Obviously, the incident quickly becomes a matter of national security and egomaniac specialists who nonetheless can’t seem to solve the riddle of those pages. It seems the primer is missing that would make the fragments form a whole.
In the story, the pieces fall into place at this point — for Ellie, for her secret benefactor, and for the actual message of the film. It’s one of the key scenes in Contact, connecting the strings with a rather quiet interlude.
Ellie is “summoned” to see Hadden who has backed her for years from the sidelines. They meet on Hadden’s plane, since he likes to keep his interests mobile, as he puts it.
Hadden tells Ellie the story of her life from his perspective, in a rather matter-of-fact way. His respect for Dr. Arroway’s achievements is palpable; it also alludes to the fact that Ellie is a female scientist in a male-dominated science world, something Dr. Jill Tarter who Ellie’s character is inspired by, found worth stressing as well. 4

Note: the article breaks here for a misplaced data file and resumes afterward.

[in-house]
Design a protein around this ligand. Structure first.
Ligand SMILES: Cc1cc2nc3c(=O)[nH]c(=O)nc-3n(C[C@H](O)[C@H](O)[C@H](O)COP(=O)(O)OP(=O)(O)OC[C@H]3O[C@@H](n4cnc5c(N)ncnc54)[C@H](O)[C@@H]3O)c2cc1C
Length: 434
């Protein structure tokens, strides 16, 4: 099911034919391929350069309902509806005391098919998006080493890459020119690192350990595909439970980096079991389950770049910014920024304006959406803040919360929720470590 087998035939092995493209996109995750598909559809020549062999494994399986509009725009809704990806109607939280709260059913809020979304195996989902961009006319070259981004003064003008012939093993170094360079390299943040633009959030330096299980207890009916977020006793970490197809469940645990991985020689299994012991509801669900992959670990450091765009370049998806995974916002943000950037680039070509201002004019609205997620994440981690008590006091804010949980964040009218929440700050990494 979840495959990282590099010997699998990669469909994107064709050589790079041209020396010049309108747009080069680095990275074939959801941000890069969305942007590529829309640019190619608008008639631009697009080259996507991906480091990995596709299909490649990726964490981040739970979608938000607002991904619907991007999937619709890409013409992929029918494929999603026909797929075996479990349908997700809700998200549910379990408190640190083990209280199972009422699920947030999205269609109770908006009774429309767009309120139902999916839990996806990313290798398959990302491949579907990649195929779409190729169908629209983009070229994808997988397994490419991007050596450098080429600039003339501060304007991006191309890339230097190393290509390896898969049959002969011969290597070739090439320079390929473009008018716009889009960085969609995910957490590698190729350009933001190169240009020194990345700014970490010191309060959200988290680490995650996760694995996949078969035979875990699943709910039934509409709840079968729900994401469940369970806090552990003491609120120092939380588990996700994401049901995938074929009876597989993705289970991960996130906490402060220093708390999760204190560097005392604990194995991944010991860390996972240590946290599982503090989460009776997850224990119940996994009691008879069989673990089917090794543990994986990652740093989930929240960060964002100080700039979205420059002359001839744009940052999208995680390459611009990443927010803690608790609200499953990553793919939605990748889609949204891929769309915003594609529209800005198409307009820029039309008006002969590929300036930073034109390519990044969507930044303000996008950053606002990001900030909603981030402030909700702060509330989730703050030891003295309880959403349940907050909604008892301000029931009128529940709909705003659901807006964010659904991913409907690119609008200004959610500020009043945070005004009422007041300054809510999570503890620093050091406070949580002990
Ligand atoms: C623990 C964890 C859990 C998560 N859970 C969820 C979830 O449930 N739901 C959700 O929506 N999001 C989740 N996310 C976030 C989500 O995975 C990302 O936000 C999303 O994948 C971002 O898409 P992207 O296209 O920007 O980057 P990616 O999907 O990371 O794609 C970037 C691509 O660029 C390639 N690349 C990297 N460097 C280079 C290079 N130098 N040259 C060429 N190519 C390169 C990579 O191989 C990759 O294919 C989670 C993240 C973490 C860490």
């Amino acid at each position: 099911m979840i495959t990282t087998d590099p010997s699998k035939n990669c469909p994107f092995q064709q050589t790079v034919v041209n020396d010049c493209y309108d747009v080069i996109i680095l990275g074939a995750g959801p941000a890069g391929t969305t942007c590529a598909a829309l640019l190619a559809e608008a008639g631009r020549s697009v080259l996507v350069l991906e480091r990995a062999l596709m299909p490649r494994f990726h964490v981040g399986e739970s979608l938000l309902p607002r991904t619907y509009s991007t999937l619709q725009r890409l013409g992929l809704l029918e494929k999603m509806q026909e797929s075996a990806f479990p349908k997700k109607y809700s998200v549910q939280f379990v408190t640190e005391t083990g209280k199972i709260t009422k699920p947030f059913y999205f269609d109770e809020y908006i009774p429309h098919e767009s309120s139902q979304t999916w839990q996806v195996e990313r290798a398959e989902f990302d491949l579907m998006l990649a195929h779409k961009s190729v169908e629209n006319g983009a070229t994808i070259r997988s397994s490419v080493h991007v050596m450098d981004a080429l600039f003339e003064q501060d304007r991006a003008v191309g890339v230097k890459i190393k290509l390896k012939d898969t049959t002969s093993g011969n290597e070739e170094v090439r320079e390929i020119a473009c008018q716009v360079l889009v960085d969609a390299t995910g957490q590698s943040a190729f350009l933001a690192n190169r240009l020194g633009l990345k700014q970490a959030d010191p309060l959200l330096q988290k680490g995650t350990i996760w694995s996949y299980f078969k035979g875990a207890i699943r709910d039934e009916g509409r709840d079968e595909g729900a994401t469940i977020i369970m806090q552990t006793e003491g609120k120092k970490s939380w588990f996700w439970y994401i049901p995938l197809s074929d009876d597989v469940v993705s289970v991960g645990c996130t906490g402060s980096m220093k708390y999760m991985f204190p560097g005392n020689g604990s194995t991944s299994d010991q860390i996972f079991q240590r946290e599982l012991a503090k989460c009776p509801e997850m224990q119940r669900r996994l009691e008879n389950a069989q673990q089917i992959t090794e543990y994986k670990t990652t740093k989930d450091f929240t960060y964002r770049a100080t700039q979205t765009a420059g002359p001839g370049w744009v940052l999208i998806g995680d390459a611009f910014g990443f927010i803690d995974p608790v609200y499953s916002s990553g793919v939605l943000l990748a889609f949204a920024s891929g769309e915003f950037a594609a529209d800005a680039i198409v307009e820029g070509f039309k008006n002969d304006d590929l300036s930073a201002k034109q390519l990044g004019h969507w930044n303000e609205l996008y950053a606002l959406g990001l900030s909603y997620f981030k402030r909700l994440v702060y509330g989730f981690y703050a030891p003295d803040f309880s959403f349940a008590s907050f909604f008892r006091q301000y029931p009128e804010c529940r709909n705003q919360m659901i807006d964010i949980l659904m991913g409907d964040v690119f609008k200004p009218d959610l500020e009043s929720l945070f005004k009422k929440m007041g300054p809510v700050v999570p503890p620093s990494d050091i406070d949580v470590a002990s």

I didn’t realise that I was out.
Oh, maybe not out but certainly being handed your hat.
Then Hadden reveals the primer is hidden in the pages. He introduces his revelation with a statement that, in a way, sums up the dilemma of modern civilisation and reminded me of the famous Einstein quote that “we can’t solve problems by using the same kind of thinking we used when we created them.”
Yes, of course!…
Where is the primer?
You see, every three-dimensional page contains a piece of the primer… There it was, all the time, starring you in the face.